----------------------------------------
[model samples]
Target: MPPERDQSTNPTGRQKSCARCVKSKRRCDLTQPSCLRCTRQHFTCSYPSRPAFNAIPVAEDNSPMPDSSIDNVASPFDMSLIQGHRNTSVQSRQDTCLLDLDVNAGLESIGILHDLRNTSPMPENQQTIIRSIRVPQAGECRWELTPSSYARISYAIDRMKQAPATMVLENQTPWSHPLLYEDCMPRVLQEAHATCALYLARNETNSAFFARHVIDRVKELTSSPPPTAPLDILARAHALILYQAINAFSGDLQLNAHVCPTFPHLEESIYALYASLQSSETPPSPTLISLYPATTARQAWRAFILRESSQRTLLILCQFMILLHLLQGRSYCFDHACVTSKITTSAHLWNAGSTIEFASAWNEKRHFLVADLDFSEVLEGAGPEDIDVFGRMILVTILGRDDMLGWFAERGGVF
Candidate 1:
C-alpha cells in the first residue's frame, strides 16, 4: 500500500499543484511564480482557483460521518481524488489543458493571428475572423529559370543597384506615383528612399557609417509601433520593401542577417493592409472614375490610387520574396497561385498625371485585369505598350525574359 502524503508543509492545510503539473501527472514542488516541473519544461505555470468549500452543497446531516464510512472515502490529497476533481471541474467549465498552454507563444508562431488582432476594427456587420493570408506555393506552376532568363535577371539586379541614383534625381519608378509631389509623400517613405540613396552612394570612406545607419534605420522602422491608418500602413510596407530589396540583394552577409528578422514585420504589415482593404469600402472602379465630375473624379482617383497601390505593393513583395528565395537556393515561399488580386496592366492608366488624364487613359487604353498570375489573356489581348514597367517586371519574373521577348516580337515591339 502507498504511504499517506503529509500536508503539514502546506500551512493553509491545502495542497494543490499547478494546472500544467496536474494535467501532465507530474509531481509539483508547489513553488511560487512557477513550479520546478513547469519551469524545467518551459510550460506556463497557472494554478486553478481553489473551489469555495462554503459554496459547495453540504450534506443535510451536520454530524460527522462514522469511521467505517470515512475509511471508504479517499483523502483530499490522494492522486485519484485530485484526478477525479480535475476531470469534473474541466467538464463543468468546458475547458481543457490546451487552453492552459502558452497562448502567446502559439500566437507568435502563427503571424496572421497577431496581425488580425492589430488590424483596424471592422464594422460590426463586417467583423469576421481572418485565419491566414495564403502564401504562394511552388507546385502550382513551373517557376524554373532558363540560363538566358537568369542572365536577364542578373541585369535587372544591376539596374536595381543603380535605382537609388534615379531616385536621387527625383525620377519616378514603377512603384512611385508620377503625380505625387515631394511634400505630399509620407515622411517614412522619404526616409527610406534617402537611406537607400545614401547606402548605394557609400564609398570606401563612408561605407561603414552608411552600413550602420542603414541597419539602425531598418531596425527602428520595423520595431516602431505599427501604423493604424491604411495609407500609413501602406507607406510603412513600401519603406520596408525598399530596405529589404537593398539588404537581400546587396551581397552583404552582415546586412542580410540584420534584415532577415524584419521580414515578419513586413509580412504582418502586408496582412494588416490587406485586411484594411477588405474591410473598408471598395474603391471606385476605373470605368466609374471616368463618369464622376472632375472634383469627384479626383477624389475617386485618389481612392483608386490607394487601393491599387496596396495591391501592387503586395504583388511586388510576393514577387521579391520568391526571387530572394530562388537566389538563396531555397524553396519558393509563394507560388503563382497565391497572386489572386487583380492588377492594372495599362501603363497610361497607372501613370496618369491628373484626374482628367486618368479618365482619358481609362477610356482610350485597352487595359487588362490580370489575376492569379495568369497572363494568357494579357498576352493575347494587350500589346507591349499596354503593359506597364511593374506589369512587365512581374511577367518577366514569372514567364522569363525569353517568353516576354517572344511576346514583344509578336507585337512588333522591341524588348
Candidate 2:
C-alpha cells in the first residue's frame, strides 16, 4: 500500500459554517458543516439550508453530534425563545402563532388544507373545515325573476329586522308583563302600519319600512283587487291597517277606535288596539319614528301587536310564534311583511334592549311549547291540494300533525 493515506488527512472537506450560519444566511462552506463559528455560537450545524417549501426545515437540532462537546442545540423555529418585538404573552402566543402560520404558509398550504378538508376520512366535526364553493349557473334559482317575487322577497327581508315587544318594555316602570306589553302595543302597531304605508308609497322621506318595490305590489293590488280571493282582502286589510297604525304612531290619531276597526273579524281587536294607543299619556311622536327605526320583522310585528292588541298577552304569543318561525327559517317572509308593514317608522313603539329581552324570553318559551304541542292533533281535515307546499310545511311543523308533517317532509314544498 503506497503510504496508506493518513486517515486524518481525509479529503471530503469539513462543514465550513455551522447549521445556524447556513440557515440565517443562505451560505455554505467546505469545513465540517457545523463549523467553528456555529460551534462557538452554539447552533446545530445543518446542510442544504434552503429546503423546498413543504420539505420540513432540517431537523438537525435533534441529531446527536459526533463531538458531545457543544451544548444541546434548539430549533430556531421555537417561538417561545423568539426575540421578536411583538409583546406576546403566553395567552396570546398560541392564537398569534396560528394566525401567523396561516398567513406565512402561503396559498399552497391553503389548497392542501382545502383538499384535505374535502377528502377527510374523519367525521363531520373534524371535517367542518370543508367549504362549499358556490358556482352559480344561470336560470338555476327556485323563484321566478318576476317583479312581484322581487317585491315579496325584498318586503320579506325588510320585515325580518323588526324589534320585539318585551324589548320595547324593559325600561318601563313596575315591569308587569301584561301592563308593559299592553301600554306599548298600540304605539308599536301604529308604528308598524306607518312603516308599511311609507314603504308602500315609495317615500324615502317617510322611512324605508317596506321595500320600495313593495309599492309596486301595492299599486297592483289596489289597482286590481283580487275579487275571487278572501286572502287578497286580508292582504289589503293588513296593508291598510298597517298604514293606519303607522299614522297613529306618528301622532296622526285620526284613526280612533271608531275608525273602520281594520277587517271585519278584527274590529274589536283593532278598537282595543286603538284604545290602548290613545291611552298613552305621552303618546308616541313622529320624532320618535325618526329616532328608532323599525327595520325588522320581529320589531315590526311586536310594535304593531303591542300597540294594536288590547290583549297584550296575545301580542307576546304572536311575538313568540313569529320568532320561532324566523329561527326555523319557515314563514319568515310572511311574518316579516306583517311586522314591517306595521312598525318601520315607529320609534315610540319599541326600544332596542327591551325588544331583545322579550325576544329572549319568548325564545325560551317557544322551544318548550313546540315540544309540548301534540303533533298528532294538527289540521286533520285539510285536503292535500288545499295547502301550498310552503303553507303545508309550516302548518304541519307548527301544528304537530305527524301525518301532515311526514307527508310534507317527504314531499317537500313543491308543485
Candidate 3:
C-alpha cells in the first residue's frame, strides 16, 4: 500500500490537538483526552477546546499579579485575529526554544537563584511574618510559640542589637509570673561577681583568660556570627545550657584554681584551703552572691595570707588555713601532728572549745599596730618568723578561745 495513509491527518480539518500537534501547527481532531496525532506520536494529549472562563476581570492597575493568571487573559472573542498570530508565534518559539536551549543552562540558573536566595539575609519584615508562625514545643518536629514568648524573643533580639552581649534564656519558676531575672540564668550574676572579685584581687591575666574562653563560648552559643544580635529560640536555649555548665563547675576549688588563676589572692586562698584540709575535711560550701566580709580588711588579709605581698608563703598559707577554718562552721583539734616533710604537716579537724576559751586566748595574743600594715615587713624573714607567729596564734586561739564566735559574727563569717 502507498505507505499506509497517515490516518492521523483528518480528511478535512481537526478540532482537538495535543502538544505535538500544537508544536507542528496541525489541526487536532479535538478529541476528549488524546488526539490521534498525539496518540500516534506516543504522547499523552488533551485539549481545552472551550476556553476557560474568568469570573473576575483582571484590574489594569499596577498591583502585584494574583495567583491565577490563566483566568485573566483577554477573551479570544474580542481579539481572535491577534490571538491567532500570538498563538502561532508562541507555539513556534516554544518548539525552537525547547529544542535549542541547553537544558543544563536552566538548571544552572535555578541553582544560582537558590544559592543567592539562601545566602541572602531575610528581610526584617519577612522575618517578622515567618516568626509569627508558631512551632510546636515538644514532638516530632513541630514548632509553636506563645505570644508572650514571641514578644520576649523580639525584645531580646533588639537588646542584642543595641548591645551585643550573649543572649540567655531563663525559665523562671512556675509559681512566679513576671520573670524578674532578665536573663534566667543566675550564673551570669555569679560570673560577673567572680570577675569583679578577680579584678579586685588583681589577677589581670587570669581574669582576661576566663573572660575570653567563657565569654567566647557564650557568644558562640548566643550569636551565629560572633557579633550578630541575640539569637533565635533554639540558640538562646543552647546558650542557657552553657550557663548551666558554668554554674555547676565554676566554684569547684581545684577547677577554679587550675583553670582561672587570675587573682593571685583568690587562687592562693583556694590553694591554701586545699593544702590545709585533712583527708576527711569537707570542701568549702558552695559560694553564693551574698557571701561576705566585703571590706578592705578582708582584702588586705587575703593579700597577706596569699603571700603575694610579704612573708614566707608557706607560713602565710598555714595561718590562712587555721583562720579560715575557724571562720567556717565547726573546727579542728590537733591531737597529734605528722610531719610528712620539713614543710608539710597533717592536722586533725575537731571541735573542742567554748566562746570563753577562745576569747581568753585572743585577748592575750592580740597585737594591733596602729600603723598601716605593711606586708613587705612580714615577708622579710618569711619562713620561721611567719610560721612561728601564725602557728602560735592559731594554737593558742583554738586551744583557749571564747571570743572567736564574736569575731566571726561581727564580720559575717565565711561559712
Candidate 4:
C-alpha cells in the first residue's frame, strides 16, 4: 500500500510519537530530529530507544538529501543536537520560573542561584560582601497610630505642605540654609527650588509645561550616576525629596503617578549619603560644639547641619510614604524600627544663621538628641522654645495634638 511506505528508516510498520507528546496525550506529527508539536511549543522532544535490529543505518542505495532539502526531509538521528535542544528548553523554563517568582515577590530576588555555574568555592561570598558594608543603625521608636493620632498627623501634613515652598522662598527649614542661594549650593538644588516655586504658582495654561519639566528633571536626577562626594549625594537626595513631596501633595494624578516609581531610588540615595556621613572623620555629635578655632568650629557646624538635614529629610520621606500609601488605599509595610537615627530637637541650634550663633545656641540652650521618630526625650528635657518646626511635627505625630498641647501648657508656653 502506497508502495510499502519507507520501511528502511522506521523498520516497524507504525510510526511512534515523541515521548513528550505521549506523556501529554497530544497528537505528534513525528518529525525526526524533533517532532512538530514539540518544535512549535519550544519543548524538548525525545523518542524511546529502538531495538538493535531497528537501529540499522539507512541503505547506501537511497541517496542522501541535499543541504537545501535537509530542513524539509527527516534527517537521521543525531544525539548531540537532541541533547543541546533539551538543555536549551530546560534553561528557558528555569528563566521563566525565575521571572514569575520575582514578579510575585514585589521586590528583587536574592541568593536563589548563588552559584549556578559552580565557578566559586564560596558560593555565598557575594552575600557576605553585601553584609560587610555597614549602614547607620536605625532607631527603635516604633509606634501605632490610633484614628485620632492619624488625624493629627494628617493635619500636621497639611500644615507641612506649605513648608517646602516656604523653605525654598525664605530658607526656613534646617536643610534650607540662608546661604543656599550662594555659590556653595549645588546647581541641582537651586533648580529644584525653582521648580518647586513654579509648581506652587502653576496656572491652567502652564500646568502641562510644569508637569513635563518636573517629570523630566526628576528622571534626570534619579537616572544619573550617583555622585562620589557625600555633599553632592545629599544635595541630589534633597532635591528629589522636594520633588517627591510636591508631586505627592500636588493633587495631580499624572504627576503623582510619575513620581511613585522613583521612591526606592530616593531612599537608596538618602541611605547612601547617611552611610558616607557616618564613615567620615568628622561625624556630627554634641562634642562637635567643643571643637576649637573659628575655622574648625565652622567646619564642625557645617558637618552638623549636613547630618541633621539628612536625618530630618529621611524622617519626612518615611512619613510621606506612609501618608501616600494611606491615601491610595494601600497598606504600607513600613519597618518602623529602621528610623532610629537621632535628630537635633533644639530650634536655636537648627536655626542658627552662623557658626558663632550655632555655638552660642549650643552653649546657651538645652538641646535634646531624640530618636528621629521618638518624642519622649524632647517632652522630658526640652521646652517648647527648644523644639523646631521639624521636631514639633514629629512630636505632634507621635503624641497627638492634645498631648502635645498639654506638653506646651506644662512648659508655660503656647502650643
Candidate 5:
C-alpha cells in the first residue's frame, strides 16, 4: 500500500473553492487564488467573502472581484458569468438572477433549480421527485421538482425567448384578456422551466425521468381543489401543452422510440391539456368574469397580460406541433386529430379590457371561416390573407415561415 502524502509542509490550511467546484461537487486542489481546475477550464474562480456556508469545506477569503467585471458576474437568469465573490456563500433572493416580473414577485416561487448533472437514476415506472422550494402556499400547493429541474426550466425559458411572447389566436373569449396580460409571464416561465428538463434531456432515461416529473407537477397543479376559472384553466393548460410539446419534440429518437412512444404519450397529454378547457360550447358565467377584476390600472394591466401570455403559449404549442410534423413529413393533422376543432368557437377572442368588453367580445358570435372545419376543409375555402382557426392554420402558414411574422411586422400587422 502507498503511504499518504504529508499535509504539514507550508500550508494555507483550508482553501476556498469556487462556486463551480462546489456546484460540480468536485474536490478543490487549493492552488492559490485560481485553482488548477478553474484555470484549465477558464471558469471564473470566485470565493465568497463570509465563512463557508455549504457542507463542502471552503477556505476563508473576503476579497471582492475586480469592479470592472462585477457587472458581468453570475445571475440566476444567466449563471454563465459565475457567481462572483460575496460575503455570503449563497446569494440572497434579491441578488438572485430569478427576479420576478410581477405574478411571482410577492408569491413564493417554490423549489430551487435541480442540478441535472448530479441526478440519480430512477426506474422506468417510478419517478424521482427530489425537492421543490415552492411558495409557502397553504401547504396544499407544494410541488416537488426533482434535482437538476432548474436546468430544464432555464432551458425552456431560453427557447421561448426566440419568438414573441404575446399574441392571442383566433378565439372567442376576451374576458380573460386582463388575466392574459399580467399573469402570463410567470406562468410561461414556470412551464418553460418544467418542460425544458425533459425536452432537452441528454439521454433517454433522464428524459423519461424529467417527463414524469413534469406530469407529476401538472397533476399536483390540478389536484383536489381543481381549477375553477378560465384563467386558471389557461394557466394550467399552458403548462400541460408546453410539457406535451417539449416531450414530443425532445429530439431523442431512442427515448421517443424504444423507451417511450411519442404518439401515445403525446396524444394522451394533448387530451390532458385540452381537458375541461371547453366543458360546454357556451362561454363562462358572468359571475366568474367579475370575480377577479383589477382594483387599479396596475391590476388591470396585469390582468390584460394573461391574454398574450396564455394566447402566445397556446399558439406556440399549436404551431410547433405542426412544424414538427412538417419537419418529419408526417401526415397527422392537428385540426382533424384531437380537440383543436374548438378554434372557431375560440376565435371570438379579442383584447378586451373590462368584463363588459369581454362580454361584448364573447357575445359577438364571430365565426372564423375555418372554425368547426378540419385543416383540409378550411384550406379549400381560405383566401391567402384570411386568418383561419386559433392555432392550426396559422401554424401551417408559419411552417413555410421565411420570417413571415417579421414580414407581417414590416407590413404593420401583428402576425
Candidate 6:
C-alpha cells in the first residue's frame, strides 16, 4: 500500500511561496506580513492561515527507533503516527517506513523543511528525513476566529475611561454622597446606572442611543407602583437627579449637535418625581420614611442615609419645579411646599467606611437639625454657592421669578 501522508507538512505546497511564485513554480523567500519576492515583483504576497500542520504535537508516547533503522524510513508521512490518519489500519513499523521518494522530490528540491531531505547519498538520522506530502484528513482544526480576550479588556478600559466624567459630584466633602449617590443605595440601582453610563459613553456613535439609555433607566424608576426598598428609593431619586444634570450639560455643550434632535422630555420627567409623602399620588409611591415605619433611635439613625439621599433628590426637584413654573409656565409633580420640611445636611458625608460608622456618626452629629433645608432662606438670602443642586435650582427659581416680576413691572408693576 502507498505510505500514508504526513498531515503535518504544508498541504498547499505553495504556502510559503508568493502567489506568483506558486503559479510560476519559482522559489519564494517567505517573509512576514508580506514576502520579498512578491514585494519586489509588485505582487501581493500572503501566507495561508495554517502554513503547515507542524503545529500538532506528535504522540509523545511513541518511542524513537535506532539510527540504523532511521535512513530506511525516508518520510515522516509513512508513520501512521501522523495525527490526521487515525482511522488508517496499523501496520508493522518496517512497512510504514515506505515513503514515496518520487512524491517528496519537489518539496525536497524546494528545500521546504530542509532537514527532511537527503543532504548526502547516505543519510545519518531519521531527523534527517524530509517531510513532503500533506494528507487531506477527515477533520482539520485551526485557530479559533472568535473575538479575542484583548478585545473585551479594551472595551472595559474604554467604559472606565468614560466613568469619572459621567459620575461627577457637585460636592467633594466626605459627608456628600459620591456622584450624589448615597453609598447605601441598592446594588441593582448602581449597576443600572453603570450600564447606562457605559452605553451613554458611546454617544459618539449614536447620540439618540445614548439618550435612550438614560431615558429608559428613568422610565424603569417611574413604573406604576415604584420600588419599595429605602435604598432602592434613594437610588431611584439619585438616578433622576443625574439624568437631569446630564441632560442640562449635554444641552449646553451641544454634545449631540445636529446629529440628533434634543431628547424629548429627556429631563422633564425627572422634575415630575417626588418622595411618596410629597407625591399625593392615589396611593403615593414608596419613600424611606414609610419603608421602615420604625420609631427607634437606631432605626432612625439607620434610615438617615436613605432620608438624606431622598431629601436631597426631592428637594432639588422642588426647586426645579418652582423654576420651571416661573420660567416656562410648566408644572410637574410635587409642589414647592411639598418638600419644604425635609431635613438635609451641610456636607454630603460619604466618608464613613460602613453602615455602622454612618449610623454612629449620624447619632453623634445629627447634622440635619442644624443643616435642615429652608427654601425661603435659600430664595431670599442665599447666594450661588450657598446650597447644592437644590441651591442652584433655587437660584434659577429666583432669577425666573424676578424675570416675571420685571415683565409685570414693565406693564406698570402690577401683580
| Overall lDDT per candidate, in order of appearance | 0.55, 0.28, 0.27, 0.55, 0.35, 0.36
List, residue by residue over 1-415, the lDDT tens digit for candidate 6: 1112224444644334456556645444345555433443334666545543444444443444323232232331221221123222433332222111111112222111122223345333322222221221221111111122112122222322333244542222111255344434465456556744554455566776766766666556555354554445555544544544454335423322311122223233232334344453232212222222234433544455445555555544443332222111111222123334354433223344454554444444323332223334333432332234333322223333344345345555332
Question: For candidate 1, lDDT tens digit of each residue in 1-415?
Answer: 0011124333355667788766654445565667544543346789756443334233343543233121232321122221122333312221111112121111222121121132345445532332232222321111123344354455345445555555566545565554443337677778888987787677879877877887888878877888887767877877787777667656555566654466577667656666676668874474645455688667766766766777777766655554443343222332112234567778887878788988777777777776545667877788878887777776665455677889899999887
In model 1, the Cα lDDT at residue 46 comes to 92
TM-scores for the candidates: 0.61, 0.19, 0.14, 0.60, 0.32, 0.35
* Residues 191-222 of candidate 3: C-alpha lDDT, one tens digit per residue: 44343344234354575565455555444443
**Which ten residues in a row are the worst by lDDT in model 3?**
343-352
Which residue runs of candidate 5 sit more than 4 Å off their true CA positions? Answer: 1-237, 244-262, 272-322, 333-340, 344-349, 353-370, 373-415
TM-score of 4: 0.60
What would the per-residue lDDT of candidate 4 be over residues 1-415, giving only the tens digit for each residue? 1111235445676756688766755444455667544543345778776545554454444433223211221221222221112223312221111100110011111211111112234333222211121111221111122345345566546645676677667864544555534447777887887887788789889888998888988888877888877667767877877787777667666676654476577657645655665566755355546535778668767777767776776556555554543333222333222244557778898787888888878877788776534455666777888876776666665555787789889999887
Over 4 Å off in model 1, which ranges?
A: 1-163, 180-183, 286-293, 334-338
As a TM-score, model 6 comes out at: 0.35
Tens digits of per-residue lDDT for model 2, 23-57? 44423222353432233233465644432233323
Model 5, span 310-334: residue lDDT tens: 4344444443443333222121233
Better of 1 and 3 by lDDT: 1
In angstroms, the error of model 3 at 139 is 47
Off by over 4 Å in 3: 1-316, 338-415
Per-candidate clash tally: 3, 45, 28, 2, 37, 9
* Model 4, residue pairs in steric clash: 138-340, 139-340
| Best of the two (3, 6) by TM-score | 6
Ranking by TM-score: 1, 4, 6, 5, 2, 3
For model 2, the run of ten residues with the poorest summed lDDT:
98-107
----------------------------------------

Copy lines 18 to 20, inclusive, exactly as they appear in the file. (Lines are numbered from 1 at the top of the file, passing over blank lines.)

Answer: 0011124333355667788766654445565667544543346789756443334233343543233121232321122221122333312221111112121111222121121132345445532332232222321111123344354455345445555555566545565554443337677778888987787677879877877887888878877888887767877877787777667656555566654466577667656666676668874474645455688667766766766777777766655554443343222332112234567778887878788988777777777776545667877788878887777776665455677889899999887
In model 1, the Cα lDDT at residue 46 comes to 92
TM-scores for the candidates: 0.61, 0.19, 0.14, 0.60, 0.32, 0.35